Low tech house in Mexico City rediscovers the essentials

Mexican studio Naso has built a residence characterised by an austere look and a concrete vault.

Casa Martha is part of a reconstruction project called ReConstruir Mexico, born following a violent earthquake that damaged several Mexico City buildings in September 2017. The one designed by the architectural firm Naso is one of 50 homes completed thanks to public aid and charitable foundations.

The single-family house is located on a very steep hilly area. The Mexican architects chose to rebuild it on the same foundations as the previous construction, both to facilitate its erection and not to undermine the stability of the land. The project now houses a family of four: elderly parents with mobility problems and two adult children who need their privacy.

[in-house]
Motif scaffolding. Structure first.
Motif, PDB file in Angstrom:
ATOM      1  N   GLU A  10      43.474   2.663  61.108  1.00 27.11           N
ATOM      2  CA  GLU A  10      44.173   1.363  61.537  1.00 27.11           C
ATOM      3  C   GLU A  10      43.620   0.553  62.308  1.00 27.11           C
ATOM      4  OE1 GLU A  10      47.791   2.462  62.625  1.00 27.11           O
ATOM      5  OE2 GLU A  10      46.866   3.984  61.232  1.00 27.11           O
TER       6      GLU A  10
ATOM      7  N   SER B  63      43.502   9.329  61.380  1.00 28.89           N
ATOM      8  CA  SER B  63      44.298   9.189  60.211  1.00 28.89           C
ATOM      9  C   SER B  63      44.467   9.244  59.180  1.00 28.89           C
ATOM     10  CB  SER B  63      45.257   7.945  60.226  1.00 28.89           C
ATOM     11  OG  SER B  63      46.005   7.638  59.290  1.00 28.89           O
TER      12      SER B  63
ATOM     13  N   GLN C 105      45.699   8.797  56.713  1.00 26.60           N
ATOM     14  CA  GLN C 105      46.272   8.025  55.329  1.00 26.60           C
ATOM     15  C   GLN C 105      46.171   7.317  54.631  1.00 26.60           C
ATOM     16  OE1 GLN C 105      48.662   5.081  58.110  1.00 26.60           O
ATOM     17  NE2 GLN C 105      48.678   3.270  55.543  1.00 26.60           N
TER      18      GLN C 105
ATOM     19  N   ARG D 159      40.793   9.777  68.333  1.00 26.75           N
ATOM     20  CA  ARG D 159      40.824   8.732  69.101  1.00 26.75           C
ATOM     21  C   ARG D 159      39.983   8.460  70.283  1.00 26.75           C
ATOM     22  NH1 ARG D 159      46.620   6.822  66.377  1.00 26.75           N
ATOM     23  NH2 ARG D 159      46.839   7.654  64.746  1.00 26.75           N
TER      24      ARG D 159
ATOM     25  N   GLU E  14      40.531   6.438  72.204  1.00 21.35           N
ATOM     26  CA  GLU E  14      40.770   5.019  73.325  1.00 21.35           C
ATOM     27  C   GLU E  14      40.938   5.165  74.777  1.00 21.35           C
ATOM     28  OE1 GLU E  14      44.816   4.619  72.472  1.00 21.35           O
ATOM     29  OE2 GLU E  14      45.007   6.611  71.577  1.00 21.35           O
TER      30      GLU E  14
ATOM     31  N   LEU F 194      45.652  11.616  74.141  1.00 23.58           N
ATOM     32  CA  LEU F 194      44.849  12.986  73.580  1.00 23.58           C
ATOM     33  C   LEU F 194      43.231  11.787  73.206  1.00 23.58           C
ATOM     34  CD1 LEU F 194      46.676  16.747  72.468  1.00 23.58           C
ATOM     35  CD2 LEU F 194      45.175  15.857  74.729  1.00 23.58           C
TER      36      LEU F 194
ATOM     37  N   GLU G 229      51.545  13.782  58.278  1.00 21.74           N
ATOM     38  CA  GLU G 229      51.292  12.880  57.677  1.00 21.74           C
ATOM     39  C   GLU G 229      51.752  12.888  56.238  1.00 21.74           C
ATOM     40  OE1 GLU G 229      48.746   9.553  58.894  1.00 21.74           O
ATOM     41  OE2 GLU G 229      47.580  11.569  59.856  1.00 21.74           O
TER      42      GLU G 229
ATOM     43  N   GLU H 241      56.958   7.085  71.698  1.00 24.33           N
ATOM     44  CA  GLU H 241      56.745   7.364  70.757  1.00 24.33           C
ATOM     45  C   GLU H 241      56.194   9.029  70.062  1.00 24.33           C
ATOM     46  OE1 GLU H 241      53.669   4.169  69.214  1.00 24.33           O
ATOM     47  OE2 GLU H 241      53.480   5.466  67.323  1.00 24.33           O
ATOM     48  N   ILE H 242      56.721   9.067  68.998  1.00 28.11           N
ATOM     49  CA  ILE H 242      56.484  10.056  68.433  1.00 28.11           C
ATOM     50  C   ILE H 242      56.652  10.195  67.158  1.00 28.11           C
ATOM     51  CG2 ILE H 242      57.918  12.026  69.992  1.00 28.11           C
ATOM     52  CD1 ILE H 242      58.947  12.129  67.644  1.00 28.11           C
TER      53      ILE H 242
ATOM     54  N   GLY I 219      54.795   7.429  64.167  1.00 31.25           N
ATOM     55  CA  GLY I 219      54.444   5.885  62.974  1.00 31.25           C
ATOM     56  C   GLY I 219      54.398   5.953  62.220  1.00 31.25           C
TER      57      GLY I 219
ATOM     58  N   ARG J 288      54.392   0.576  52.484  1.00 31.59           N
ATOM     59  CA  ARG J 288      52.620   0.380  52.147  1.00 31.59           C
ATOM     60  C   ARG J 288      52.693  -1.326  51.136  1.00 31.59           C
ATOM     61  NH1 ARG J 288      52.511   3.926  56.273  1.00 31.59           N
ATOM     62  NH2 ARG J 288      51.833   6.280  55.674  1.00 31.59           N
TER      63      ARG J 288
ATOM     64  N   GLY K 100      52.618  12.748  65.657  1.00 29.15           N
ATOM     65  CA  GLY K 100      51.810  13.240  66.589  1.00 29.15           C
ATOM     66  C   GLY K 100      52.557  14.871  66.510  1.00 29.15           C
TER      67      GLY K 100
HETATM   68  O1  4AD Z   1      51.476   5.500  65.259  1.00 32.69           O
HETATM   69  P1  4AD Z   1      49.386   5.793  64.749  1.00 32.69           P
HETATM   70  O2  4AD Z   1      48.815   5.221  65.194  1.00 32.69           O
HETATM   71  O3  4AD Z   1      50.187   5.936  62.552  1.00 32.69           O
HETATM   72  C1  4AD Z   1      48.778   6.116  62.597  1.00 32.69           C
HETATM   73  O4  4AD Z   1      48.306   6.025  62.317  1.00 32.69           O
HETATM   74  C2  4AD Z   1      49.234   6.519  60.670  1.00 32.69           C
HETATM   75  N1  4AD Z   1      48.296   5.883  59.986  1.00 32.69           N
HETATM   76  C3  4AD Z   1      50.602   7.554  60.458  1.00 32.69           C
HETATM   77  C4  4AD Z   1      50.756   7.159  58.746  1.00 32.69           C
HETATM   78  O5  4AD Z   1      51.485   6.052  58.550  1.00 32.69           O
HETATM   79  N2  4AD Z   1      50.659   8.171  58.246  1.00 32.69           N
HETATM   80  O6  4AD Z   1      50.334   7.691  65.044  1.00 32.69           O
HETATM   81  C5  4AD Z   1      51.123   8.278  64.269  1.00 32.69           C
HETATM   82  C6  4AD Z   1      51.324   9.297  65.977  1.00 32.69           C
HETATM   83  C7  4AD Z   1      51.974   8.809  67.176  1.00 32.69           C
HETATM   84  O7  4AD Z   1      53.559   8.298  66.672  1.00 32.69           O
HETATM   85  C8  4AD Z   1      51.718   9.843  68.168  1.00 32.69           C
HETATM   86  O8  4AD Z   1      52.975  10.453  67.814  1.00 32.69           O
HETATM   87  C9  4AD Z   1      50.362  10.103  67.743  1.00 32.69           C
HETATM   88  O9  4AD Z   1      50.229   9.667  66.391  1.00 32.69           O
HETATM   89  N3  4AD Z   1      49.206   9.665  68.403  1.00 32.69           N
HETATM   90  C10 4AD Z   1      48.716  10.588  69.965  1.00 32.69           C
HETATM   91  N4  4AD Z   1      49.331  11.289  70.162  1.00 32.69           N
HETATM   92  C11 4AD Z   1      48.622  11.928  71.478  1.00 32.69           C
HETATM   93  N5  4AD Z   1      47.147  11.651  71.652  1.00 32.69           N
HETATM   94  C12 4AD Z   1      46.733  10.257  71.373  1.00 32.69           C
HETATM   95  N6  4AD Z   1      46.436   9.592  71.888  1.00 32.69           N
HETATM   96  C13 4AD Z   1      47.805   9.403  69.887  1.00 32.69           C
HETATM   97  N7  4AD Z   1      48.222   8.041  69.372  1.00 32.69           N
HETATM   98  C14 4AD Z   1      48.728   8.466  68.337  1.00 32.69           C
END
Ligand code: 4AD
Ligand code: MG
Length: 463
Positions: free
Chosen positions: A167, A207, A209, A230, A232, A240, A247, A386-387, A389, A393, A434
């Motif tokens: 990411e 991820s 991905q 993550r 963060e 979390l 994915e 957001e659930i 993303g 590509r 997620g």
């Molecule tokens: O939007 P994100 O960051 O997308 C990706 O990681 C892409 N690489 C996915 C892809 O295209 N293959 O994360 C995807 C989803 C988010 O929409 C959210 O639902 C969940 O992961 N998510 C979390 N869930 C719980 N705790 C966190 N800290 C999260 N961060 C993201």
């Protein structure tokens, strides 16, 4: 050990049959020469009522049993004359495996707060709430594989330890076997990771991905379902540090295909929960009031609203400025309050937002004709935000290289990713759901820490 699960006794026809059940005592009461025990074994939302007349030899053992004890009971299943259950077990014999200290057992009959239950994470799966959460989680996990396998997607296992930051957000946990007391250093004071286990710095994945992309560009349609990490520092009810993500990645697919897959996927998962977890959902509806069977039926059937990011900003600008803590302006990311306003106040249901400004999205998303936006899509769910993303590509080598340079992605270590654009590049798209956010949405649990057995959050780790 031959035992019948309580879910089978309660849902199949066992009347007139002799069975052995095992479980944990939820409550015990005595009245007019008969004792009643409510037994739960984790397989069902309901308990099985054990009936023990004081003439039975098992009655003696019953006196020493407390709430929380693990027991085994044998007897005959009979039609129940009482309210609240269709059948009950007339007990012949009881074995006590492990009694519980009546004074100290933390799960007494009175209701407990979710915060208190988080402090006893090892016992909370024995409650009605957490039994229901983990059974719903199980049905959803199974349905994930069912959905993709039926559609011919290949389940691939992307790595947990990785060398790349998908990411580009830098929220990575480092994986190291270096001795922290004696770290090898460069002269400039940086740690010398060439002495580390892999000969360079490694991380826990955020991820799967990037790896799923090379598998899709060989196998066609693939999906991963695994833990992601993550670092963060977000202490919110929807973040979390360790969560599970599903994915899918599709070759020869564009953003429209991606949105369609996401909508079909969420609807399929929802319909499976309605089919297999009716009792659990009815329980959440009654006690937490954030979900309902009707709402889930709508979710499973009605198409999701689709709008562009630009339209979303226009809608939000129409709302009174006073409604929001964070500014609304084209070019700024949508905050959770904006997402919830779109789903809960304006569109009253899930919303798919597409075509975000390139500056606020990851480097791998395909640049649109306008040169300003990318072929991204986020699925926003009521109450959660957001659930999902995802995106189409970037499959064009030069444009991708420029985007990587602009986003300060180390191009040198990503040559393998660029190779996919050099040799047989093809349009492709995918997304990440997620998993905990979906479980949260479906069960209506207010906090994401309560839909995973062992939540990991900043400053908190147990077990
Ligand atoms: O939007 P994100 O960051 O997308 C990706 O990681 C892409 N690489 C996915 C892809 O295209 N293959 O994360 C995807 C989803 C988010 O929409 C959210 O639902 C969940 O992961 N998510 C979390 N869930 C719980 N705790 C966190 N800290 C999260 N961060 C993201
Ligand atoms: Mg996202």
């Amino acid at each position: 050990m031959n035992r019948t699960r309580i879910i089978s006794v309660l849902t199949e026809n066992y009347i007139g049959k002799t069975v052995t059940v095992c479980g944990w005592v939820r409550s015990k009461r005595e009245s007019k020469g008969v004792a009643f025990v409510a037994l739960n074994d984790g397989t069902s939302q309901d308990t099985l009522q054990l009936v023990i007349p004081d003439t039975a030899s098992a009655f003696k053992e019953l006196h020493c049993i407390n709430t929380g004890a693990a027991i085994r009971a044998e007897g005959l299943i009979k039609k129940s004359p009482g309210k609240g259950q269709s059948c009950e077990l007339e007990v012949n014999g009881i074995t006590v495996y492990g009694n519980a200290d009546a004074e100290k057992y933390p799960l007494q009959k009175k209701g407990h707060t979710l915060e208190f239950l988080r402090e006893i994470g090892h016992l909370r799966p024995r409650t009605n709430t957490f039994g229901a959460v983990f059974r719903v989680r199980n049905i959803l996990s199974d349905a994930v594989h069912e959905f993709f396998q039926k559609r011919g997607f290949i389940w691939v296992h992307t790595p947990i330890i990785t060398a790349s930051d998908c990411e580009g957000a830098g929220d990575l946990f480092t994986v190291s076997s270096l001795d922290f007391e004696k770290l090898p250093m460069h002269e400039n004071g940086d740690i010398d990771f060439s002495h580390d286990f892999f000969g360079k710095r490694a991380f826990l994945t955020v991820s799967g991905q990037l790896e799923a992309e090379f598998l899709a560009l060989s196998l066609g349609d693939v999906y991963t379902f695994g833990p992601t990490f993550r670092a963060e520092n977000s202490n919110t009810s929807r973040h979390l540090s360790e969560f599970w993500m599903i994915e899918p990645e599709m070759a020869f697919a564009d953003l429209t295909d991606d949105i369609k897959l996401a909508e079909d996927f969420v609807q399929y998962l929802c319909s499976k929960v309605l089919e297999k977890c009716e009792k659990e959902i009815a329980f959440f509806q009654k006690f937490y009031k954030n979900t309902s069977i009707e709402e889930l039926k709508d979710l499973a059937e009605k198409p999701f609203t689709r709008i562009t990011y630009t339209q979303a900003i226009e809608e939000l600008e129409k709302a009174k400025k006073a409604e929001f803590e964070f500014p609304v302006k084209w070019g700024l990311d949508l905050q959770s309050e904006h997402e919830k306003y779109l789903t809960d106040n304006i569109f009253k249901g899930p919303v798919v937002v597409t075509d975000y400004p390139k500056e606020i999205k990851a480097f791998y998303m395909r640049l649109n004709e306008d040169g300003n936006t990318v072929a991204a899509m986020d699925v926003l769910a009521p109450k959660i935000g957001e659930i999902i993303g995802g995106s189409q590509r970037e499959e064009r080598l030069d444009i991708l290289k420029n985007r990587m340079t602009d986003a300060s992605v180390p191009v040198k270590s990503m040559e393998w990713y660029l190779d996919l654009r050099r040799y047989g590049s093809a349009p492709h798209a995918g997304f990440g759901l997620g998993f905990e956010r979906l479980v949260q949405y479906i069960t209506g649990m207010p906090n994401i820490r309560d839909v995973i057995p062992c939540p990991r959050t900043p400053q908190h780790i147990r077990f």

Naso, Casa Martha, Città del Messico, 2020
Naso, Casa Martha, Mexico City, 2020

The residence is almost entirely on one floor and is built with earth bricks, which have been made on site and which, left exposed, tell the austere character of the house. The building is stripped of all superfluous elements, there are no finishes nor ornaments, and even the furnishings look like those of Enzo Mari's Autoprogettazione series, demonstrating the low tech and low budget character of the project.

A vaulted concrete roof, the only vertical element of the house, houses a room that is separated from the rest of the house. This is conceived to give the right independence to one of the two children, or to allow short-term rentals without affecting family life.

Casa Martha
family house
Mexico City

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